9. Review registration procedures to ensure equal opportunity.
  10. Monitor changes to the situation of women within the RAIA membership.

Disappointingly, none of these recommendations seem to have been actively pursued. Nonetheless, the report was responded to in a variety of other ways.

One of the more engaging aspects of the report was the anecdotal comment used to elucidate and enliven the statistical findings. As editor of  Architecture Australia I invited 10 women to further reflect on the findings based in their own experiences. As would be expected, the responses were mixed, partly as an effect of the different backgrounds, career paths and age of the invited respondents.

The Australian Institute of Architects responded by commissioning further research, resulting in the report The Career Progression of Men in Architecture. This found that, in many respects, men had similar experiences, ambitions and expectations, and similar levels of satisfaction and dissatisfaction. These findings are important partly because they suggest that both men and women find aspects of architectural workplace culture problematic, and both value balance between work and life. But, as this second report points out, these similarities also make some aspects of Going Places “more rather than less perplexing”.

Perhaps unsurprisingly, the major difference found between men and women surveyed was the impact of family responsibilities on career progression. That is, although men identified family responsibilities as an issue, they did not perceive them to be a major barrier to career progression – and this is despite the fact that a larger proportion of the men surveyed had children. This leads the second report to end with a question, not a set of recommendations:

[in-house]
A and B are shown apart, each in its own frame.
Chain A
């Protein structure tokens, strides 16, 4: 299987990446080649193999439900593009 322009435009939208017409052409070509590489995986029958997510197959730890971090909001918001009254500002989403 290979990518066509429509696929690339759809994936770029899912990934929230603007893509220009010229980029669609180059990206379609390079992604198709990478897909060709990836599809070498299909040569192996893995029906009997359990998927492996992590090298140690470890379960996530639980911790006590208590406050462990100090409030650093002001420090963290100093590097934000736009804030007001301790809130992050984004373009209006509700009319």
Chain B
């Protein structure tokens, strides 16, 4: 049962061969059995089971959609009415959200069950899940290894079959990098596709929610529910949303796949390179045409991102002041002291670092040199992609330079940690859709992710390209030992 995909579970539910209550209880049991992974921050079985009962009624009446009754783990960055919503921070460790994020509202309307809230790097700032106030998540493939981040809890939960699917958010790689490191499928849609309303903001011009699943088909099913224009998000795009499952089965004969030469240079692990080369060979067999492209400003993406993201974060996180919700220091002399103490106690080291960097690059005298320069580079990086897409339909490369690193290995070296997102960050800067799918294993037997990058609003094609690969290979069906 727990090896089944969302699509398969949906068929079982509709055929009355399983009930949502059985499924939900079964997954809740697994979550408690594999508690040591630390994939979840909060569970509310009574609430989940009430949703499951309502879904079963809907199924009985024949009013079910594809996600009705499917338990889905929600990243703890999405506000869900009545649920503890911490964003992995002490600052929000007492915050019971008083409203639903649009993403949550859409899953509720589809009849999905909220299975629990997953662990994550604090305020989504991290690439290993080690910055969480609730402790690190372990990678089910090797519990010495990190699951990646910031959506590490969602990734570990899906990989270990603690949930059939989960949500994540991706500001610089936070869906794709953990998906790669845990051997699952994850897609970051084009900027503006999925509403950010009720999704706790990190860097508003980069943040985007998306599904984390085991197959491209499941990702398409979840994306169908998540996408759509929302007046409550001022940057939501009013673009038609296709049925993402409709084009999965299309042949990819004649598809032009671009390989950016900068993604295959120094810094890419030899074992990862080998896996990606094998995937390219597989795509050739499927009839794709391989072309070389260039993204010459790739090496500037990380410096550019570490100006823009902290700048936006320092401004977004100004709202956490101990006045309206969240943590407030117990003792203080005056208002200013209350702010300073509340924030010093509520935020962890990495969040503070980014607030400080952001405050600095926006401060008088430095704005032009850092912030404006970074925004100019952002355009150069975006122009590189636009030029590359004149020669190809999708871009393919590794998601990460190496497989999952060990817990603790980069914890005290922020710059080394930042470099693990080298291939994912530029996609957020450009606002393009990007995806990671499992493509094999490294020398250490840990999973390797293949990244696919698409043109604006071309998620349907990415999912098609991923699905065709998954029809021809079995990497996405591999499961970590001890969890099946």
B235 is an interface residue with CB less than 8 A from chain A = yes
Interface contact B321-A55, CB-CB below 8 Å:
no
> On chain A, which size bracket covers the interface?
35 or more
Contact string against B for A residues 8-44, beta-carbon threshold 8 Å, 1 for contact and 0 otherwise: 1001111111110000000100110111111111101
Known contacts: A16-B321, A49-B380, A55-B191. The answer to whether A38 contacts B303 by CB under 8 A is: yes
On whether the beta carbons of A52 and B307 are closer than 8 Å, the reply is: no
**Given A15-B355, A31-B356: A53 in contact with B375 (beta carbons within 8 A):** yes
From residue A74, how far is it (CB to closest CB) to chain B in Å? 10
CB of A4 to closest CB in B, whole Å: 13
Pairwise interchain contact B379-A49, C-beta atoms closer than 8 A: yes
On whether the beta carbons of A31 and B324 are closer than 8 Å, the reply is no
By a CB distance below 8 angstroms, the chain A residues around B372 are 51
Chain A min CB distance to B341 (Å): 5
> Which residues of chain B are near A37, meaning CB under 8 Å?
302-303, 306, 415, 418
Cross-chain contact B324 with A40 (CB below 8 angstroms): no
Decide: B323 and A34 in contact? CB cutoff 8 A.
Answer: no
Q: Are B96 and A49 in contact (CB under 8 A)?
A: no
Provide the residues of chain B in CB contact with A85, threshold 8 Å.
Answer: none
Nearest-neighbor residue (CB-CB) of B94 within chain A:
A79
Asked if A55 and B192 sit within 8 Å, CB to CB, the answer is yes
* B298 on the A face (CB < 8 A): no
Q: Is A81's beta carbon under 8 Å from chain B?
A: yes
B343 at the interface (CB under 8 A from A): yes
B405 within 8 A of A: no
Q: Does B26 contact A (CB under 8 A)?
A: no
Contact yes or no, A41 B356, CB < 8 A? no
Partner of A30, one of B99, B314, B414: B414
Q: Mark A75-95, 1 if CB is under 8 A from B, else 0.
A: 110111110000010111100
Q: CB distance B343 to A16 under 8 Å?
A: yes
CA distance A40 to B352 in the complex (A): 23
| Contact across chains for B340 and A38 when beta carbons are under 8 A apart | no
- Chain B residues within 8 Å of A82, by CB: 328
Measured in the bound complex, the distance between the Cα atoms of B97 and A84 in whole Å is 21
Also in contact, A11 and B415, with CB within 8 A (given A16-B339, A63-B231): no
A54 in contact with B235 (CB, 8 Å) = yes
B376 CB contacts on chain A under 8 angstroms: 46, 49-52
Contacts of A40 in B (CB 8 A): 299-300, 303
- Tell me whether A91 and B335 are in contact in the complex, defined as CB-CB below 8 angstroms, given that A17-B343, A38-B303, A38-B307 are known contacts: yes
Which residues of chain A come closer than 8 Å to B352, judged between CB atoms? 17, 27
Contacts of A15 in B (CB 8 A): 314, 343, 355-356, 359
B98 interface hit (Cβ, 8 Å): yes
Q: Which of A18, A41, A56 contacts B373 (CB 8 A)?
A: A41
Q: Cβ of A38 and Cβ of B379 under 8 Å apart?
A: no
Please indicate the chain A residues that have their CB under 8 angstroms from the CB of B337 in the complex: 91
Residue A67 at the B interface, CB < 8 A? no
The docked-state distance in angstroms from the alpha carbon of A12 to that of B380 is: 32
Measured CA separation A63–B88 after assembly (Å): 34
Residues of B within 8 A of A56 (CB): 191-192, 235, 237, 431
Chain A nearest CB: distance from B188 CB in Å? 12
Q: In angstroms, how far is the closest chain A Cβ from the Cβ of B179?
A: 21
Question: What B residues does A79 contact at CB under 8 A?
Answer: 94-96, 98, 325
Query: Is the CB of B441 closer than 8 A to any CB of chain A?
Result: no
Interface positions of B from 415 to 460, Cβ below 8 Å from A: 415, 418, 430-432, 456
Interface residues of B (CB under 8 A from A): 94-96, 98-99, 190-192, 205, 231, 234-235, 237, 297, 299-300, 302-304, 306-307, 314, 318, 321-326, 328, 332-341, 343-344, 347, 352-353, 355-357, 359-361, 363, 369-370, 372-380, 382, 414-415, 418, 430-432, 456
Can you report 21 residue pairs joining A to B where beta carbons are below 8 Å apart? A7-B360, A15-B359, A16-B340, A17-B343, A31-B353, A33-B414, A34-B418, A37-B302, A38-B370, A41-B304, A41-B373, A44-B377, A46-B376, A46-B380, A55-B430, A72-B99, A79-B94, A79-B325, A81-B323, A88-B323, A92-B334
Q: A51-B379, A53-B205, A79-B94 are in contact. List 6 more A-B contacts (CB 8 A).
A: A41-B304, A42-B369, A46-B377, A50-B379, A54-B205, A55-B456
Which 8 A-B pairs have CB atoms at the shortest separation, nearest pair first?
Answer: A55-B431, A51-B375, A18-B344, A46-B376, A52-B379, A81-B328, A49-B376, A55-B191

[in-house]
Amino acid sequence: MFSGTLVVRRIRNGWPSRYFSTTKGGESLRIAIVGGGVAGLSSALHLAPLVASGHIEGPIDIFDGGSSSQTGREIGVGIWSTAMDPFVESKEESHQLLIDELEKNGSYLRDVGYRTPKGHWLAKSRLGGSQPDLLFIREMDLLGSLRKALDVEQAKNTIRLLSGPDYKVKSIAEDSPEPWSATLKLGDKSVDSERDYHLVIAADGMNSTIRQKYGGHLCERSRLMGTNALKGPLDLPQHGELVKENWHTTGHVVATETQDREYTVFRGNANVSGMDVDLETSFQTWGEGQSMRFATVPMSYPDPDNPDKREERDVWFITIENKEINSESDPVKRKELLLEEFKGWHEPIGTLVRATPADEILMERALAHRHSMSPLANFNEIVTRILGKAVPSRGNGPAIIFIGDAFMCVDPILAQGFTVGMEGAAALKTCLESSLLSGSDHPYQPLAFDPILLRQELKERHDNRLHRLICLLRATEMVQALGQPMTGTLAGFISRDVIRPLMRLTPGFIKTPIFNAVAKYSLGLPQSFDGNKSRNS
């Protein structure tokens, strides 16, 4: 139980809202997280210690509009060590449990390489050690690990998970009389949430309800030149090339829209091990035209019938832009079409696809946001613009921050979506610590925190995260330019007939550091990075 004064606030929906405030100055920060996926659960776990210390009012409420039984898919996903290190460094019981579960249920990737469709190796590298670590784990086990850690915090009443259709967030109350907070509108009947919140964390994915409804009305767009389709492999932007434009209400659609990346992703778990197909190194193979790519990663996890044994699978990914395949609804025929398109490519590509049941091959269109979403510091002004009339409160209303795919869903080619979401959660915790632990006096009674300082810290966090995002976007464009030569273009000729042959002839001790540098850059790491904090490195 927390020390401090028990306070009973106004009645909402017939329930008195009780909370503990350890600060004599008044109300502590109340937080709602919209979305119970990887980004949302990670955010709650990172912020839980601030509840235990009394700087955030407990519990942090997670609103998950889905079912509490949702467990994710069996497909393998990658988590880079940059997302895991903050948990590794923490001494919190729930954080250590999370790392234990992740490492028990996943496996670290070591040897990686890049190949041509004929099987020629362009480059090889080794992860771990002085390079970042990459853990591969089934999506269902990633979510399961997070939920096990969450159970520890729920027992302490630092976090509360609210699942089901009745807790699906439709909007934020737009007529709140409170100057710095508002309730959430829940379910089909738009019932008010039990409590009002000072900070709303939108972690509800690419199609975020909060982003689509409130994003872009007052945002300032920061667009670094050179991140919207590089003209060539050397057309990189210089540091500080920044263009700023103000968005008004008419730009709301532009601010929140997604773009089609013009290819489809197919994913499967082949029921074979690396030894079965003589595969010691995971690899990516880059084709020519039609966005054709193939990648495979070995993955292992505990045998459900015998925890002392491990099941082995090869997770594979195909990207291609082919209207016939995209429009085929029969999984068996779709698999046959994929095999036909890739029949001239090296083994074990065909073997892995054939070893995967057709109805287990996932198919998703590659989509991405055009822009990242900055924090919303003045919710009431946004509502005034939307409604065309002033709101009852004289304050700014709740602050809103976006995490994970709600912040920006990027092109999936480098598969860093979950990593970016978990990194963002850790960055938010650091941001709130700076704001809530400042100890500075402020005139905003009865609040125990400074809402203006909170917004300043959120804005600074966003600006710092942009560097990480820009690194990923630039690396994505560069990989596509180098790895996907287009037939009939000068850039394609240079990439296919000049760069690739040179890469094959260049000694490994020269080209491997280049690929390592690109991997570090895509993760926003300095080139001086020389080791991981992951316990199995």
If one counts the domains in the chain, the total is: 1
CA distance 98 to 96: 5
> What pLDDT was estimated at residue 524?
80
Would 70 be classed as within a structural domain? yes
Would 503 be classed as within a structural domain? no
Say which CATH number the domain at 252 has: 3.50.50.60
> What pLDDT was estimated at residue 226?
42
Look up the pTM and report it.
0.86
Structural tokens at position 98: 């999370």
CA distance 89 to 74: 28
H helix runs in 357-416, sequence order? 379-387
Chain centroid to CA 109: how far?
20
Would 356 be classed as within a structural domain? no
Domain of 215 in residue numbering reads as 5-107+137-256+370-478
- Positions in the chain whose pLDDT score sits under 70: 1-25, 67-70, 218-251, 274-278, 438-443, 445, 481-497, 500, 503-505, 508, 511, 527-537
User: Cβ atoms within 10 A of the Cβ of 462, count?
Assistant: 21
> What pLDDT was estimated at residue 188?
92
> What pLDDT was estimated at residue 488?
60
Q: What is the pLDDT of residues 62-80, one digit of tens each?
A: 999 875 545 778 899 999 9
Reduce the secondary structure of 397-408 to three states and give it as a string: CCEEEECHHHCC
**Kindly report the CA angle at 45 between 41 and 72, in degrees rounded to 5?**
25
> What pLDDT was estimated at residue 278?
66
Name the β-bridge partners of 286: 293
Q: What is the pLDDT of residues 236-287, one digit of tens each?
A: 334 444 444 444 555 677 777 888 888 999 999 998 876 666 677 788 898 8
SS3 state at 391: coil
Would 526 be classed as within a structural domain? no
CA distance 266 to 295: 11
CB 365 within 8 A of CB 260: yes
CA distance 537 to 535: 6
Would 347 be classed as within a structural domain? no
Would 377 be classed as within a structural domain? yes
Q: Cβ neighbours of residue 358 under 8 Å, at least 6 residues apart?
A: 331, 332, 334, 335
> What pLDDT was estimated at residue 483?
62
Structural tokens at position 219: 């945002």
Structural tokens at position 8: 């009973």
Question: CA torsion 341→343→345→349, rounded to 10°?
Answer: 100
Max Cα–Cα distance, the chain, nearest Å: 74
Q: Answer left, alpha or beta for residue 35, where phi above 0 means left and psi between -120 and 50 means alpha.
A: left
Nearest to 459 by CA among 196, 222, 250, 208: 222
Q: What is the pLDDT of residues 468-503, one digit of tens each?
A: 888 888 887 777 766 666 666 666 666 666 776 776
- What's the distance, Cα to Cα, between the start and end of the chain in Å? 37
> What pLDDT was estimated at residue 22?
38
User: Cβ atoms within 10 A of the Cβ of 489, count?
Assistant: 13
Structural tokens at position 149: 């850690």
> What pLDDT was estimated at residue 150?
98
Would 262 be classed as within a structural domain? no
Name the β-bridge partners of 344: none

“Is this different experience of family responsibilities a sufficient explanation for the large gap between the number of women starting and graduating from architecture courses in Australia and the number of registered women architects?”

This is an important question. I suspect the answer is no – the report writers hint at this also, but offer no further answers or suggestions.

Both reports surveyed the expectations and experiences of individuals in the workplace – but it is important also to look at the cultures of workplaces, at how appointments and promotion are made as well as at the aspirations of individuals for their own careers.

In the years since these surveys were conducted and reports written a number of important new ideas have emerged in studies around gender and the workplace. These suggest there are further areas of investigation and new ways to develop more complex accounts of the mechanisms of career progression and development in architecture. These factors, not raised in the surveys, intertwine with family responsibilities to adversely effect women – they might provide partial answers to the question about whether family responsibilities alone are enough to explain the difference in men’s and women’s experiences.

One of the most important new developments is the idea of unconscious bias – and the related fact that people in senior management positions often appoint and promote those with similar leadership styles to themselves. (See for example the report What Stops Women From Reaching the Top: Confronting the hard issues). I suspect that this is a very important factor in the career progression of women in architecture. Investigating this is one way that the current research project will build on these previous two reports and offer further insight and strategies to address these systemic issues.